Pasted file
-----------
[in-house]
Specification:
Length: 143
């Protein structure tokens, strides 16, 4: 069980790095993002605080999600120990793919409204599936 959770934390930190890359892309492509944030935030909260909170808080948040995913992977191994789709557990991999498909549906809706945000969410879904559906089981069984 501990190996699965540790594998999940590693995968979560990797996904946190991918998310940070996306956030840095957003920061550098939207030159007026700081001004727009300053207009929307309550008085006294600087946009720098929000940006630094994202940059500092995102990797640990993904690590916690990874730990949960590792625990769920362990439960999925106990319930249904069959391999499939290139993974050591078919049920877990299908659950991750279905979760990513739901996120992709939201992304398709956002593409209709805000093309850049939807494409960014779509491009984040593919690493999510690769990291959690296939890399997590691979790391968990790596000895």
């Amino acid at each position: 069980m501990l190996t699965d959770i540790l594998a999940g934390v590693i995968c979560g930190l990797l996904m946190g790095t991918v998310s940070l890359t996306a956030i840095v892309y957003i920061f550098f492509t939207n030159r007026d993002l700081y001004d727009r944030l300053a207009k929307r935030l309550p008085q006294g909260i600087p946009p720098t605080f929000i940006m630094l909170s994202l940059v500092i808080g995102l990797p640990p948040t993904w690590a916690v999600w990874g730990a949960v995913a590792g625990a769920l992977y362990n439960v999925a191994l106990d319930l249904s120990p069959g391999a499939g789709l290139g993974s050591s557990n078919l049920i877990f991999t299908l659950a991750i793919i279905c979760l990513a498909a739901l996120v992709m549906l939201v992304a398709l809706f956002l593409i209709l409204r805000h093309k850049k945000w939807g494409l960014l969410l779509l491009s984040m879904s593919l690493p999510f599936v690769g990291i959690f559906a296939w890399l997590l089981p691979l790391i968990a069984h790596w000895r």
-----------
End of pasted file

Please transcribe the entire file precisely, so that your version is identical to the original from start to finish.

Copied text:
[in-house]
Specification:
Length: 143
């Protein structure tokens, strides 16, 4: 069980790095993002605080999600120990793919409204599936 959770934390930190890359892309492509944030935030909260909170808080948040995913992977191994789709557990991999498909549906809706945000969410879904559906089981069984 501990190996699965540790594998999940590693995968979560990797996904946190991918998310940070996306956030840095957003920061550098939207030159007026700081001004727009300053207009929307309550008085006294600087946009720098929000940006630094994202940059500092995102990797640990993904690590916690990874730990949960590792625990769920362990439960999925106990319930249904069959391999499939290139993974050591078919049920877990299908659950991750279905979760990513739901996120992709939201992304398709956002593409209709805000093309850049939807494409960014779509491009984040593919690493999510690769990291959690296939890399997590691979790391968990790596000895």
């Amino acid at each position: 069980m501990l190996t699965d959770i540790l594998a999940g934390v590693i995968c979560g930190l990797l996904m946190g790095t991918v998310s940070l890359t996306a956030i840095v892309y957003i920061f550098f492509t939207n030159r007026d993002l700081y001004d727009r944030l300053a207009k929307r935030l309550p008085q006294g909260i600087p946009p720098t605080f929000i940006m630094l909170s994202l940059v500092i808080g995102l990797p640990p948040t993904w690590a916690v999600w990874g730990a949960v995913a590792g625990a769920l992977y362990n439960v999925a191994l106990d319930l249904s120990p069959g391999a499939g789709l290139g993974s050591s557990n078919l049920i877990f991999t299908l659950a991750i793919i279905c979760l990513a498909a739901l996120v992709m549906l939201v992304a398709l809706f956002l593409i209709l409204r805000h093309k850049k945000w939807g494409l960014l969410l779509l491009s984040m879904s593919l690493p999510f599936v690769g990291i959690f559906a296939w890399l997590l089981p691979l790391i968990a069984h790596w000895r």